Always the world replies, — foolishness! 

They laugh, and exclaim: hum-bug, pure foolishness! 

The world asks: Would you have us believe that a Man Who calls Himself a mere worm, can possibly be the Saviour of the world? Do you mean to tell us that the world can be saved by the mere blood of an innocent Man? O, we recognize all right that there is something wrong with the world. It is surely sick, and we need someone who will lead us out of the mess and make this world a better place to live in. And we are looking for just such a saviour who will bring peace to the nations of the world. We are not ready to say where this saviour will come from, whether he will come from the sphere of science, or the sphere of education, or some other sphere. We are wise enough to see and prudent enough to observe that with all the latent powers we have of atomic energy, of science and invention, of abundance of education, we are heading for a catastrophic end, unless someone appears soon who will lead us out and show us the way. But a Saviour Who must die on a cross, and by the shedding of His blood will save anybody, — nonsense! We will have nothing of Him! The whole idea is pure foolishness! 

And God says, I will make your wisdom to be extremely foolish. And what you call foolishness, precisely that will I use to condemn the world and to save My people! 

The only way in which anyone shall be saved is through the Word of the cross and its proclamation! 

Disregard the cross, make light of the blood of the cross and count it an unholy thing, and there is no hope of salvation for you. Call the preaching of the Word of the cross foolishness, and you have closed your ears to the only Word that can save you. This is the only way to salvation pleasing to Me! 

God’s good pleasure! Ah, it is the most beautiful word in all Scripture depicting His sovereign counsel and decree. God found eternal delight in saving His people precisely in this way. 

Why was this way the only way pleasing to Him? 

In the first place, because it was in this way He would display His own wisdom. God’s wisdom is that divine attribute according to which He chooses the best possible end, and determines and uses the best possible means to attain to that end. The best possible end is His own glory, and the best possible means to attain to that glory God also determines and uses, namely, His own coming in the Person of His Son into the world and in our nature, assuming our guilt, and bearing in our stead His own wrath over against our sin and guilt, and imputing unto us His own righteousness and glorifying us with His own glory in heavenly places in Christ Jesus. That is briefly the wisdom of God! It is His wisdom, displayed in the cross of Christ, while it confounds the wisdom of the world and makes that worldly wisdom exceedingly foolish. And what the world with all its wisdom calls foolishness, is the display of Divine wisdom to save unto the uttermost all who have grace to see it, believe it, and adore it. It was therefore God’s good pleasure through the preaching of the cross to save those believing, in order thereby to reveal His sovereign and eternal wisdom.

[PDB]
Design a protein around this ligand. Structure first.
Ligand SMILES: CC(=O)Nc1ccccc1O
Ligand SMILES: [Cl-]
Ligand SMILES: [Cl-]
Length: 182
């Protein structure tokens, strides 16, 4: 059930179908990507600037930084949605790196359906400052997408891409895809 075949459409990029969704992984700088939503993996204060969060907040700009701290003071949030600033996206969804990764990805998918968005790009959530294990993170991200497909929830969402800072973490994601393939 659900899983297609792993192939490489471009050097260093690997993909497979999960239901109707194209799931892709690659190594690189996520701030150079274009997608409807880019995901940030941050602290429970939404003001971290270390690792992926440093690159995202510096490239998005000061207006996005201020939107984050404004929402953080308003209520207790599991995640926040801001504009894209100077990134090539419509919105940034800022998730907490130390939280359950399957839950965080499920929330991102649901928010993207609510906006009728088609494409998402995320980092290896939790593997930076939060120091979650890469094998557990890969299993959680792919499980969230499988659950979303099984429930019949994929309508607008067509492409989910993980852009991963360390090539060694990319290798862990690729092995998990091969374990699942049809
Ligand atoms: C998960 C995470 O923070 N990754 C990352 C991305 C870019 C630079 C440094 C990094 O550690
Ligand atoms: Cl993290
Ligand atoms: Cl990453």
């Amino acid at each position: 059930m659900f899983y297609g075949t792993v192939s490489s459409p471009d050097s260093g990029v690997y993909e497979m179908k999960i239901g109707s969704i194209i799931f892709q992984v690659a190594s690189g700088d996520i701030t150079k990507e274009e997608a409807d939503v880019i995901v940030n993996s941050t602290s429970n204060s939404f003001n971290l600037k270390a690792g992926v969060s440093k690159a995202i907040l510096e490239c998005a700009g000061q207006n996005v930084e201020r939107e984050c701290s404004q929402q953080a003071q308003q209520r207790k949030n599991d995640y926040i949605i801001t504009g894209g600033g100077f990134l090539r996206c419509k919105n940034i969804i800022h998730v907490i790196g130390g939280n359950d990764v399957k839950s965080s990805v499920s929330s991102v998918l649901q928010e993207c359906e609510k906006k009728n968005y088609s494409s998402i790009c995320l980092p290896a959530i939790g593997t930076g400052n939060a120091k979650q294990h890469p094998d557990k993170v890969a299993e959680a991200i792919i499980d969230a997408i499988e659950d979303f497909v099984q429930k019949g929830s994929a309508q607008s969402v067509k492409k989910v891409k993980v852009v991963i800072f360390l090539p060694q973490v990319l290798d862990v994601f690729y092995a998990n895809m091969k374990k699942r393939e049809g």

And, in the second place, in close connection with the preceding, it was His good pleasure through the preaching of the cross, to be acknowledged as God, and God alone. This He accomplishes, first of all, by making foolish the wisdom of the world. We read in the context: “For it is written, I will destroy (bring to nought) the wisdom of the wise, and I will bring to nothing the understanding of the prudent.” And this is precisely what He does when He evokes from the wise and prudent their judgment concerning the preaching of the cross. He would make their wisdom to become revealed as utter folly. But, secondly, He accomplishes this by saving those who believe. Them He would save through the Word of the cross, and its faithful proclamation. 

Herein we see the connection between God’s glory and our salvation! 

Believers are they who possess a certain spiritual knowledge of all that God has revealed of Himself in His Word and through the preaching of that Word, and have come to rely on and trust in that God as the God of their salvation in Christ. This faith, this act of believing, they do not have of themselves. It is a grace divinely bestowed on them. They, upon whom this grace is bestowed, embrace the preaching of the Word of the cross with joy and great spiritual satisfaction. They find in that preaching the God of their salvation drawing them unto Himself. So, God in His great wisdom is pleased to save them and none other. 

And what is it that they believe? 

First of all, that God is God! That He, and He alone, is the all-glorious God, Who does all things for His own glory; also the work of their salvation from beginning to end. 

Secondly, they believe that the preaching of the cross, with all that that entails, and with all its contents, is the highest possible revelation of the glorious wisdom of God. 

Thirdly, they believe that their faith, whereby they consciously embrace Him as the God of their salvation in Christ, is given them, not on the basis of merit, but of pure and sovereign grace. 

And they exclaim from the bottom of their hearts, O, God, how good and how great Thou art! Eternity will not be long enough to extol Thy praises!